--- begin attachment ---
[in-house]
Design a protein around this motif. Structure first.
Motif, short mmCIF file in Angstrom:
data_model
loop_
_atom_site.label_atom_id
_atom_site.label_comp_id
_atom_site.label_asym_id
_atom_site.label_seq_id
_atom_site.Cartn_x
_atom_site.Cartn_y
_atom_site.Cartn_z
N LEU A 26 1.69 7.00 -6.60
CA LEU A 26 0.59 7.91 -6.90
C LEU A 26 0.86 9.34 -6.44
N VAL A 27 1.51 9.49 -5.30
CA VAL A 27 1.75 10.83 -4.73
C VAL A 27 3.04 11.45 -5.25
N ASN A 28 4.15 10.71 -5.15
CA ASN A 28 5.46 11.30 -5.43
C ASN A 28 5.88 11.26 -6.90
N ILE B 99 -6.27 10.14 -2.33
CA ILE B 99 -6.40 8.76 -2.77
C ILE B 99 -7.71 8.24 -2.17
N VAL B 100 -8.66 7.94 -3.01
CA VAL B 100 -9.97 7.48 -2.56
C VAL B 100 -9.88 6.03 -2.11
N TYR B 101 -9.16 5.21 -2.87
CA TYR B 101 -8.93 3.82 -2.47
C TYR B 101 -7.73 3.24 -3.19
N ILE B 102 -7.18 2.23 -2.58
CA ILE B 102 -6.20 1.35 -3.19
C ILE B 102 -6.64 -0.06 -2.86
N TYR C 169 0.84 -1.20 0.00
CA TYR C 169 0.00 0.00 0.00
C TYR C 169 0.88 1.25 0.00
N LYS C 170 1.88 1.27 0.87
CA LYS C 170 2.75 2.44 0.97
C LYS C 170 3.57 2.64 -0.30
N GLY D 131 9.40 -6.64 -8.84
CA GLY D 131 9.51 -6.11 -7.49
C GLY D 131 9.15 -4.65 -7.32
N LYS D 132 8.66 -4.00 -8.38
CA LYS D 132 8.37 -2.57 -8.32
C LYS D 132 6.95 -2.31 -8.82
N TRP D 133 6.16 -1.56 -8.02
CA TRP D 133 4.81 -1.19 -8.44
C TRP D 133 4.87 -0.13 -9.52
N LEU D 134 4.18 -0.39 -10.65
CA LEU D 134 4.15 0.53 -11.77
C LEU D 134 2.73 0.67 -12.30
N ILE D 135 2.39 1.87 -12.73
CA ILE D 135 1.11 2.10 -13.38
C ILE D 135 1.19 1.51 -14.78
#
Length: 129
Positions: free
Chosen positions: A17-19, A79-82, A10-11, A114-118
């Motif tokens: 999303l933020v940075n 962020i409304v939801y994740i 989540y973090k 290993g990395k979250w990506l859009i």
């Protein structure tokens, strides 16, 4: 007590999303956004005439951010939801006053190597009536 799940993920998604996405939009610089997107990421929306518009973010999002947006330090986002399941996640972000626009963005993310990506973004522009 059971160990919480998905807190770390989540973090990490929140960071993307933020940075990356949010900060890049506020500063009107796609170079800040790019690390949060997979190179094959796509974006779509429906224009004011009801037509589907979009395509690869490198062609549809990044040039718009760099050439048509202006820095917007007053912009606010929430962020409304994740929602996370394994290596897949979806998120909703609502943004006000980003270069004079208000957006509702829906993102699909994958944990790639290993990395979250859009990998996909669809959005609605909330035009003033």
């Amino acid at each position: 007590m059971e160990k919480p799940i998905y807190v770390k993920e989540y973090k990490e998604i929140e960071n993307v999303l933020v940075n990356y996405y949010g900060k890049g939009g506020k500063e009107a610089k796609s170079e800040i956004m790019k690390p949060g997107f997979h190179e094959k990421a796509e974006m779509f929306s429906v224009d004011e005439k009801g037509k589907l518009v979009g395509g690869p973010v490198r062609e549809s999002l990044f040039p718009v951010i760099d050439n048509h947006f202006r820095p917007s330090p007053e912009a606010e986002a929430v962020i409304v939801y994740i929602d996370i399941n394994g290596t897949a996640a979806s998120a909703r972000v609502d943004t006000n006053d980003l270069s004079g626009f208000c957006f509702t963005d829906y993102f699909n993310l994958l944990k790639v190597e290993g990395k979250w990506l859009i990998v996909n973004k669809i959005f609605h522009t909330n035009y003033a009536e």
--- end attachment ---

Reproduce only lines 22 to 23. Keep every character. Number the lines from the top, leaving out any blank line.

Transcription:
N ILE B 99 -6.27 10.14 -2.33
CA ILE B 99 -6.40 8.76 -2.77